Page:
Where Am I? Engaging In Location-Based Activities

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Not surprisingly, some of the activities that smartphone users habitually engage in are directly related to — or dependent upon — locations. After all, when one is connecting via a mobile device, usually you are located away from your main home location, whether that be work or home itself, and location is inherently tied to this. A study just released by JiWire, their Q1 2011 Mobile Audience Insights Report, has a number of intriguing insights into the use of location-based applications and services. And comparing some of this data with results from Q4 in 2010 illustrates some noteworthy trends.

One thing that the data shows is the difference in use of location-based services based on gender. Men appear to place a higher value on using such apps for checking in and looking up reviews, while women place points of interest and connecting with others in those number 2 and 4 spots. Both genders still place “finding store locations” as their top-ranked location-based service.

Top 5 Location Based Services

Men

1.  Finding Store Locations
2. Checking In
3. Points of Interest
4. Reviews
5. Connecting With Others

Women

1. Finding Store Locations
2. Points of Interest
3. Checking In
4. Connecting With Others
5. Reviews

Looking at the changes from Q4 of 2010 to Q1 of 2011, the largest proportional change is in the “connecting with others” category, which almost triples in size from 12% to 33% of respondents indicating they are interested in this application. The largest change percentage-wise is in the “checking in” category, which grew 22% from 27% to just under half (49%) of respondents.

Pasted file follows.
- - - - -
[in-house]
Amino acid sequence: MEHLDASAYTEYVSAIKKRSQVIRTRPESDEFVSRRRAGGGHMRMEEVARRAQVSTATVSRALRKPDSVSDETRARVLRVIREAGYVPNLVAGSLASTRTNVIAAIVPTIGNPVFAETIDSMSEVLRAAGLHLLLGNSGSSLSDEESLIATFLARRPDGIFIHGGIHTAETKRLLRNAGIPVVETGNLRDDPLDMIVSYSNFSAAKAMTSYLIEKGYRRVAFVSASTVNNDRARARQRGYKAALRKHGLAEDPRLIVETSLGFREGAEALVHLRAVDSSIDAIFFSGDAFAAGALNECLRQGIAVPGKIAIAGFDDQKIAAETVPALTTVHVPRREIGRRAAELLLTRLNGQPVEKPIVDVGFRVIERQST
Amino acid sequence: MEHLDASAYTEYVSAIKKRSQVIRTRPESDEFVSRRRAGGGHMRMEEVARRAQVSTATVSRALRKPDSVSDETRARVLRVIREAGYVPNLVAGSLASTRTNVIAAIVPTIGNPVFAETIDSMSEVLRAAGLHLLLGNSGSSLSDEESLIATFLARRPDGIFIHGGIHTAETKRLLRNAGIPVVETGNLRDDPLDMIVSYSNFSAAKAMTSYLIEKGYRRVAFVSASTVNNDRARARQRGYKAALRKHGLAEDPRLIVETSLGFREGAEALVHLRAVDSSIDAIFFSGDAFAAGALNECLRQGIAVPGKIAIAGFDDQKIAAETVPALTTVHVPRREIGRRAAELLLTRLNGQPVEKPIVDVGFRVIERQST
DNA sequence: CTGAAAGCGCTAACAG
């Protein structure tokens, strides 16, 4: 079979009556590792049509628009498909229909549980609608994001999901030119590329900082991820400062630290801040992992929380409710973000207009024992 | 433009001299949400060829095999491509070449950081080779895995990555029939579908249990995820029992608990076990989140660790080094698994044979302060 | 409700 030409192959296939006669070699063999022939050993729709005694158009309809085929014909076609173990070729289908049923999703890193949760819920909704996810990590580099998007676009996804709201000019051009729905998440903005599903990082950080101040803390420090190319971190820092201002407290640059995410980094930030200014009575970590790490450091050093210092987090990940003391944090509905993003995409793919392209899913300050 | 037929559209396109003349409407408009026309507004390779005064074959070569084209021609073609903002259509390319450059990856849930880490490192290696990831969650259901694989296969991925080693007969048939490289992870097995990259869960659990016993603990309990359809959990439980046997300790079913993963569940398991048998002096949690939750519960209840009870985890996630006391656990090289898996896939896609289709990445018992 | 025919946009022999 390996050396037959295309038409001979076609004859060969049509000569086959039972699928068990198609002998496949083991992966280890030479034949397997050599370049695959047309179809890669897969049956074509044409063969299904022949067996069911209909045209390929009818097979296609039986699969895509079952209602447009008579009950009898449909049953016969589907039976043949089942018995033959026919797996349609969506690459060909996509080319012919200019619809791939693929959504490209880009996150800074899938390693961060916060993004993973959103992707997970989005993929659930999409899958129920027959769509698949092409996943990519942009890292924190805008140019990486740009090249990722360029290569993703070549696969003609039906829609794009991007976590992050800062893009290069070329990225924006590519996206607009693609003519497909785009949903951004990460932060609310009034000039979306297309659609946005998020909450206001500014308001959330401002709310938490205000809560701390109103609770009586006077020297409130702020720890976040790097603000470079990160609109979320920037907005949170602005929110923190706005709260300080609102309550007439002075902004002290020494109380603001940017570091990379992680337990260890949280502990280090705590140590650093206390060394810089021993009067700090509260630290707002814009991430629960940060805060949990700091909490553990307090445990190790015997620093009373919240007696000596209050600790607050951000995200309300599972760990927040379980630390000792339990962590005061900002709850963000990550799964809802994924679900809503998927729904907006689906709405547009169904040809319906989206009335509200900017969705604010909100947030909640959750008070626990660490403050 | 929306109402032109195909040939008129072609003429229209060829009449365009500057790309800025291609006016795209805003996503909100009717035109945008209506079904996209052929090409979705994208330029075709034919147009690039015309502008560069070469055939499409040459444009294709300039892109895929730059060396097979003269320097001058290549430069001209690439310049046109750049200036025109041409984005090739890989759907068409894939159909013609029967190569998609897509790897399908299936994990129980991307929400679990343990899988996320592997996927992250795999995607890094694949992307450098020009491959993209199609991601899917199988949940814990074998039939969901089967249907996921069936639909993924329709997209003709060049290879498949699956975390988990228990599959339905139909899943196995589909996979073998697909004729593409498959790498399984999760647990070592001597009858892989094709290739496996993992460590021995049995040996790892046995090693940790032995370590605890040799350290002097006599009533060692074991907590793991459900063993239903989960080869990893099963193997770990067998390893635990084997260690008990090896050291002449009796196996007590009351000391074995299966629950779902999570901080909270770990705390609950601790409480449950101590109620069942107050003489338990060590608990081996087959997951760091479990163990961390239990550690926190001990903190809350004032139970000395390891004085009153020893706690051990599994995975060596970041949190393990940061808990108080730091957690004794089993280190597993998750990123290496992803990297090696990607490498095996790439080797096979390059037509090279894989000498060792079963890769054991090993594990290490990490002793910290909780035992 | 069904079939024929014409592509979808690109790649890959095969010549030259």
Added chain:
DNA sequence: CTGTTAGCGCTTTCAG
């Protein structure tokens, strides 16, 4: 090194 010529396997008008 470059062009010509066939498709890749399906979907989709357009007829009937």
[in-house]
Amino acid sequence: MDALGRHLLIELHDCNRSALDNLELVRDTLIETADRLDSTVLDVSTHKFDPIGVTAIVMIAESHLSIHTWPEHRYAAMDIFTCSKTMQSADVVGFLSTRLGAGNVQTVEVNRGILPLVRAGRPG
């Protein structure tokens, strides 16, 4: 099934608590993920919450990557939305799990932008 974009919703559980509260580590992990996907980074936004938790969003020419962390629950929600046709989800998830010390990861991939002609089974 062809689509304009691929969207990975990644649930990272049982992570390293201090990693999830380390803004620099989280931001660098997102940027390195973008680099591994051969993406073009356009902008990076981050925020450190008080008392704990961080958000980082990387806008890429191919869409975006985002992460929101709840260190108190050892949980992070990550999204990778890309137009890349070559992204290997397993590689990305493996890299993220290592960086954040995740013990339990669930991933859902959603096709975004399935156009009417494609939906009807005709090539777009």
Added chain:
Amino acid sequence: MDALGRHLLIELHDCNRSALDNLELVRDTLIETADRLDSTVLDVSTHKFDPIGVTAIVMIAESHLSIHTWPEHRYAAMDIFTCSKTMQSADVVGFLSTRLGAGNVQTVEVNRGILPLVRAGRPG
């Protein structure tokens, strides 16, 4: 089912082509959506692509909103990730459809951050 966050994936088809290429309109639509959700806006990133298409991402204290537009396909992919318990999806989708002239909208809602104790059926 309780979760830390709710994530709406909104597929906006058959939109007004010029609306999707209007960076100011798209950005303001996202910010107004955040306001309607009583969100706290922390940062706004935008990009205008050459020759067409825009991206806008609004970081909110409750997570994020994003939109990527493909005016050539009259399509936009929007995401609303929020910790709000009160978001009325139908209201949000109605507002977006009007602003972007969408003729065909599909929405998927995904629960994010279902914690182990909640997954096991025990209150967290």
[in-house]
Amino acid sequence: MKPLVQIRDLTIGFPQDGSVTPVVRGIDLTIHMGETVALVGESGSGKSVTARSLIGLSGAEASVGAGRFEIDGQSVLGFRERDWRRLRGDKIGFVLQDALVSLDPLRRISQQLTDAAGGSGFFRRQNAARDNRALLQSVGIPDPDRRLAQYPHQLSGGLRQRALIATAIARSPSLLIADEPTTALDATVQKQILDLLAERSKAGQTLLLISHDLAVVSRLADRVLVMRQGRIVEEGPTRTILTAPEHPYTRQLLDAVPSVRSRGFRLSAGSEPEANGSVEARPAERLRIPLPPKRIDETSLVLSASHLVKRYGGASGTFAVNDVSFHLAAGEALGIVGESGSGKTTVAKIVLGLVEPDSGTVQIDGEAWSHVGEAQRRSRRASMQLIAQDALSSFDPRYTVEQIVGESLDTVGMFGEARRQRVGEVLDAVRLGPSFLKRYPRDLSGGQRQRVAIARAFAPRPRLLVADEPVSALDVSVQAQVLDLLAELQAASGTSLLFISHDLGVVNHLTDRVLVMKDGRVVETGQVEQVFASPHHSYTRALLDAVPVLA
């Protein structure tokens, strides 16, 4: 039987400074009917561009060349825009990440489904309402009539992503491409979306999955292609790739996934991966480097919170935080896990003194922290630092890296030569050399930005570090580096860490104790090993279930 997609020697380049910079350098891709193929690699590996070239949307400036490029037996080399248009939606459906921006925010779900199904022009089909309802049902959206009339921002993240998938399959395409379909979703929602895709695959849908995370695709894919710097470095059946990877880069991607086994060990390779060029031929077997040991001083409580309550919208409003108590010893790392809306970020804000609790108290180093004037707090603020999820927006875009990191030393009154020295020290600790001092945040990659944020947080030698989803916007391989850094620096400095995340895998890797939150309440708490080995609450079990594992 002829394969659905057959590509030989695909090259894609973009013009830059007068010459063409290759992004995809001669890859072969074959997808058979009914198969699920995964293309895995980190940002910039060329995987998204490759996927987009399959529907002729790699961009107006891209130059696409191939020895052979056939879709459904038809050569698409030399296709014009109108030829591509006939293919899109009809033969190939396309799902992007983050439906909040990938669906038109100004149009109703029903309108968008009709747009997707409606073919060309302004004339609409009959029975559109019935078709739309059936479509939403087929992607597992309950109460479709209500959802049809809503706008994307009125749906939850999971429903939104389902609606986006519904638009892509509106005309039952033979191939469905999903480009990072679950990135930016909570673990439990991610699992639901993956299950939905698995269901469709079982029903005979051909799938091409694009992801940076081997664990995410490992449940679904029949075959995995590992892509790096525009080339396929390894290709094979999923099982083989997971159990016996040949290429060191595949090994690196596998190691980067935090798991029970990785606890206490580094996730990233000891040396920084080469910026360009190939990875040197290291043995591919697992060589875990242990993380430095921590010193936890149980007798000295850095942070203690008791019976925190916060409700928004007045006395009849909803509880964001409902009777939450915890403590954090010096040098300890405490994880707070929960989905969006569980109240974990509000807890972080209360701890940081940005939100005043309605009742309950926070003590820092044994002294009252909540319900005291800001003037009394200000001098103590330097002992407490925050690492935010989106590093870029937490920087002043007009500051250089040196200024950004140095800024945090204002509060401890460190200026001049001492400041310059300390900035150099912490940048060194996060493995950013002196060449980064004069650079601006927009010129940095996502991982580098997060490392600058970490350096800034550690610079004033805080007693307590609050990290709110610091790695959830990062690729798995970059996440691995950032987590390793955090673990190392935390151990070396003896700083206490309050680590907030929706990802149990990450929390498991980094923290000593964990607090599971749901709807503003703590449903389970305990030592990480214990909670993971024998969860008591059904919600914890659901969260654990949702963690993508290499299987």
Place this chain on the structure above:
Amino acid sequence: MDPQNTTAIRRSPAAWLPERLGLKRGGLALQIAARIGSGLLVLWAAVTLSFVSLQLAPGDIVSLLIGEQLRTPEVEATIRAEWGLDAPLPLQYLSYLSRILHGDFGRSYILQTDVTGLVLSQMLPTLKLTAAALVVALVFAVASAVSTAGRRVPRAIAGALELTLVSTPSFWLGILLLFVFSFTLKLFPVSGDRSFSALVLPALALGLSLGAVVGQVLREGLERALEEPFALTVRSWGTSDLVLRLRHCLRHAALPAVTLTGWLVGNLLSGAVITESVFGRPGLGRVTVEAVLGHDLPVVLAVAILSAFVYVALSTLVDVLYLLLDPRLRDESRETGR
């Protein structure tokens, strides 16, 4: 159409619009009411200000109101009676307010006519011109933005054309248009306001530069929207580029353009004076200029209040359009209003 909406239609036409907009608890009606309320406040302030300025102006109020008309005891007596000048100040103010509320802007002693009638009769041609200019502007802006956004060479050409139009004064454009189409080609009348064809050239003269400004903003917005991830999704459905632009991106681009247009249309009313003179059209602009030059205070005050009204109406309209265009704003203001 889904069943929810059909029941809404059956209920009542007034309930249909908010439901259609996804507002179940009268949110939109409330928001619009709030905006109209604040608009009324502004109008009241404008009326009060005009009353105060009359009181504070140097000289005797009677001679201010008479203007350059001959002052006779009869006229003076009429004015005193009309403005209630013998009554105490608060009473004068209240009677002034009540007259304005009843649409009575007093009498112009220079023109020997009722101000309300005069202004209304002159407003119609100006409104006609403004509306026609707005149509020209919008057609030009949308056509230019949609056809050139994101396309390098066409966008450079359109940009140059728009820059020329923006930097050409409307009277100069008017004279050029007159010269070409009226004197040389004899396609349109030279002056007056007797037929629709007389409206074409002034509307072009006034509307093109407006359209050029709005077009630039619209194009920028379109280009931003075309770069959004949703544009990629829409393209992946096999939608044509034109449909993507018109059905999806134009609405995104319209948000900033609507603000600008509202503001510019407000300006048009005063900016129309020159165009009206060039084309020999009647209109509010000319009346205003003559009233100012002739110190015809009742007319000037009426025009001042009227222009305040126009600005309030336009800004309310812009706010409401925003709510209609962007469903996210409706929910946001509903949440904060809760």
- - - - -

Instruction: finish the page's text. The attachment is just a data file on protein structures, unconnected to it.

There also appears to be an increase in shopping-related categories. The percentage of respondents interested in “reviews” grew from 21% in Q4 2010 to 35% in Q1 2011, and “product inventory” rose from 10% to 21%. Partially this is a reflection of the growth of the availability of product inventory information on websites and the increasing inclusion of reviews on ecommerce sites over the timeframe of the study — as such options become more prevalent on more sites, more people will become interested in, and used to, looking for such information.

One final point of interest with this set of data is that there was a decline of 10% (from 22% to 12%) in the number of respondent who indicated they were not interested in any location-based services.

Next time we’ll look at the results related to mobile shopping behaviors that this study reveals.

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2 Comments

  1. Hi, This checking in thing is moronic. Finding stores is fine but wouldnt/shouldnt Google Maps be doing that for you? Ivan

  2. I think the last couple of years have really shown us that people don't really want to check in. Sure Foursquare have 10 million odd users and Facebook places is taking off to some extent but they are a long way from being mainstream. There needs to be much better reasons for getting people to physically check in and that is constant deals to be honest. Can't see any other reason.